iPhone FaceTime bug lets other people eavesdrop on you
(CNN) — A newly discovered bug in Apple’s FaceTime software lets Apple users listen in on the people they are calling, and even see through their front-facing camera, without them picking-up the call.
The bug, flagged by 9to5Mac on Monday, was quickly recreated by people across social media. CNN Business confirmed the bug multiple times in its own tests.
Apple said in a statement Monday night that it has identified a fix for the problem and will release it in a software update later this week. In the meantime, Apple’s website indicates Group FaceTime is unavailable, and the company confirmed it has started disabling the Group FaceTime feature for all users.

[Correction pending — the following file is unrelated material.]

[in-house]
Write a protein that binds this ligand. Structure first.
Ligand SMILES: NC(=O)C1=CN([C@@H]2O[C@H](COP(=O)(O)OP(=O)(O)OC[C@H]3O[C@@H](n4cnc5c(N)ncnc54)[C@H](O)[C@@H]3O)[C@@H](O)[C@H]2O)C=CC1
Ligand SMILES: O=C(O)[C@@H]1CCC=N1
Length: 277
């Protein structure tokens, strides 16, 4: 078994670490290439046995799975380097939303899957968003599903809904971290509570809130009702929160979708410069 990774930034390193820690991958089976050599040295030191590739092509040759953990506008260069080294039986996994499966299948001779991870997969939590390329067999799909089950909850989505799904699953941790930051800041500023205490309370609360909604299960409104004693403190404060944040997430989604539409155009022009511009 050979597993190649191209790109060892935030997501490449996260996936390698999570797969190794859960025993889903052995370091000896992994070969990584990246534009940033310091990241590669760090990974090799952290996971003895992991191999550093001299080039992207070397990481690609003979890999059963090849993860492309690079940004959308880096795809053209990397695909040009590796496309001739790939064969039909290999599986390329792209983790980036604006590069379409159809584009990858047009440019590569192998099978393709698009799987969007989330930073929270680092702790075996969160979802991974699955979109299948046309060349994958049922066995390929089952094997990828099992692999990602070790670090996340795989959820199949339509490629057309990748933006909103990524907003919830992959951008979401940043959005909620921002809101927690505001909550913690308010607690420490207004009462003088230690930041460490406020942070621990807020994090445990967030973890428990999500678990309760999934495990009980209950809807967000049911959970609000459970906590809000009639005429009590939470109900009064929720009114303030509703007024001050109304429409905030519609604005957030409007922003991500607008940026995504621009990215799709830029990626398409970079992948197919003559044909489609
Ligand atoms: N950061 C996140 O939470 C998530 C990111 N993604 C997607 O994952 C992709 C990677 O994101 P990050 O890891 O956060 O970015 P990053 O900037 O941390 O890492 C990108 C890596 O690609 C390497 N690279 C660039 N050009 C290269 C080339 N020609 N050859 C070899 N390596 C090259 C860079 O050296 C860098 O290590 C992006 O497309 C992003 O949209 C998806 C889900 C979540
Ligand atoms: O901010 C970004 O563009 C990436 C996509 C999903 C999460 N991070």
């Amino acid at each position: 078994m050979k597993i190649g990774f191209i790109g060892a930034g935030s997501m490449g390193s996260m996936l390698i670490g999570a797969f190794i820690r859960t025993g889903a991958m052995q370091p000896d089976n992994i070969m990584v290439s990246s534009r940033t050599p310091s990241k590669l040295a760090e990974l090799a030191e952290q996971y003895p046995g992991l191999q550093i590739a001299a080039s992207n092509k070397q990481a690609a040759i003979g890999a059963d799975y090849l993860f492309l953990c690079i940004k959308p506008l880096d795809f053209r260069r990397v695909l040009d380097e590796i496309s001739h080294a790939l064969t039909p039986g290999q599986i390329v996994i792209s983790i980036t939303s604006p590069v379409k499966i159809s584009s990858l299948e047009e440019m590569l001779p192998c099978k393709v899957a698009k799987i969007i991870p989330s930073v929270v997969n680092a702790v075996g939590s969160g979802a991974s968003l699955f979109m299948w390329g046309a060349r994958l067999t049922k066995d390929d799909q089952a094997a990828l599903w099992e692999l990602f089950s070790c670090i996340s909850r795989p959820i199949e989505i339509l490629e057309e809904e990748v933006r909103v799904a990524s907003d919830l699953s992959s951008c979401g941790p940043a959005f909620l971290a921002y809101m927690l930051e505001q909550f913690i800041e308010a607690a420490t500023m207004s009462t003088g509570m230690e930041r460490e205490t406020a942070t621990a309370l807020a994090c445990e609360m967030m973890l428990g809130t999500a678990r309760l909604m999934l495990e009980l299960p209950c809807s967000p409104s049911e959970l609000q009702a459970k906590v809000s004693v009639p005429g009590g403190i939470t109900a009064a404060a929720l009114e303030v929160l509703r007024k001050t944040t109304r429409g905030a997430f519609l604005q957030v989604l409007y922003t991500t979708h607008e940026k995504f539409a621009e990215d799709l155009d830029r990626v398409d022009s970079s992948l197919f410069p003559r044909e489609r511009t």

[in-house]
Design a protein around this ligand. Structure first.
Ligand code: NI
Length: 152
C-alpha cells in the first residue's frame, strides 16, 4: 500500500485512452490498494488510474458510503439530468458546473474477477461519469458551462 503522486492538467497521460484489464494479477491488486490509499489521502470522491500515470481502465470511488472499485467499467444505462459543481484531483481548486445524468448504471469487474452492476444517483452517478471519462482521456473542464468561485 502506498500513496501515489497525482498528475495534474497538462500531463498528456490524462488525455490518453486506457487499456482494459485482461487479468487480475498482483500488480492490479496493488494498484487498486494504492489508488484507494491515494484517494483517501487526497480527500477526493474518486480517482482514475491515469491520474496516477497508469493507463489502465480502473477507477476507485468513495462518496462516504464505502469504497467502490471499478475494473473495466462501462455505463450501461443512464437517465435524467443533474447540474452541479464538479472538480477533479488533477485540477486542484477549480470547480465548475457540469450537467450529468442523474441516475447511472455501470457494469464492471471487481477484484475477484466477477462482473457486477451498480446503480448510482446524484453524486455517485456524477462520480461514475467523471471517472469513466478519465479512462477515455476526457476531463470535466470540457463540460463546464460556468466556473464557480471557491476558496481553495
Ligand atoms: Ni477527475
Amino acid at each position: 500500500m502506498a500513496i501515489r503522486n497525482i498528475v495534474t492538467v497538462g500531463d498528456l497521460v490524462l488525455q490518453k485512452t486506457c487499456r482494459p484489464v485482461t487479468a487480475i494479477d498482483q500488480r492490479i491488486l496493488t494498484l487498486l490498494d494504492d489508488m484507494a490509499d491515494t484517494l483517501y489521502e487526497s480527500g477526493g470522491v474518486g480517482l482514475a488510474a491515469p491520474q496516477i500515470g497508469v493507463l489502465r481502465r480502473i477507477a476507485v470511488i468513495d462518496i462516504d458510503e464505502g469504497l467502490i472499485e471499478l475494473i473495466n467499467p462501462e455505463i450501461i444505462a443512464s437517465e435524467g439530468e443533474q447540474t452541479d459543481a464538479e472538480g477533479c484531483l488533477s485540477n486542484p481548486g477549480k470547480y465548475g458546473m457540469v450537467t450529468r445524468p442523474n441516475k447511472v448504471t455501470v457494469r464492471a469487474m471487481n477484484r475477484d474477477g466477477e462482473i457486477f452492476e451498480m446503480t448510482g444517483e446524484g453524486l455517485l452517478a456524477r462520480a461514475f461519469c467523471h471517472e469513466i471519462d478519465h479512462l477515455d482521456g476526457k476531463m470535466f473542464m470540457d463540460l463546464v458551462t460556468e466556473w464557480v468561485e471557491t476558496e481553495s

The bug works on iPhones and iPads running iOS 12.1, and Apple PCs running macOS Mojave, which have the recently added Group FaceTime feature.
It is activated when you call someone via FaceTime, swipe up to add another person to the call, and add your own phone number. The person who initiated the call is then able to hear the live audio on the other person’s phone, even though the recipient has not accepted the call. And their screen gives no indication that their conversation is being transmitted. In some cases, the bug can also show live video of the other person if they press a volume button to dismiss the call.
CNN senior editor Brian Ries successfully used it on friends, family members and a colleague, and in one instance was even able to see video of the people he was calling.
To avoid falling victim to the bug, disable FaceTime on all your devices until Apple’s software updates have been released.
On an iPhone or iPad, go to Settings -> FaceTime, and toggle off the green button at the top of the screen. To turn it off on a Mac, open the FaceTime app and go to FaceTime on top of the screen, then select “Turn FaceTime Off.”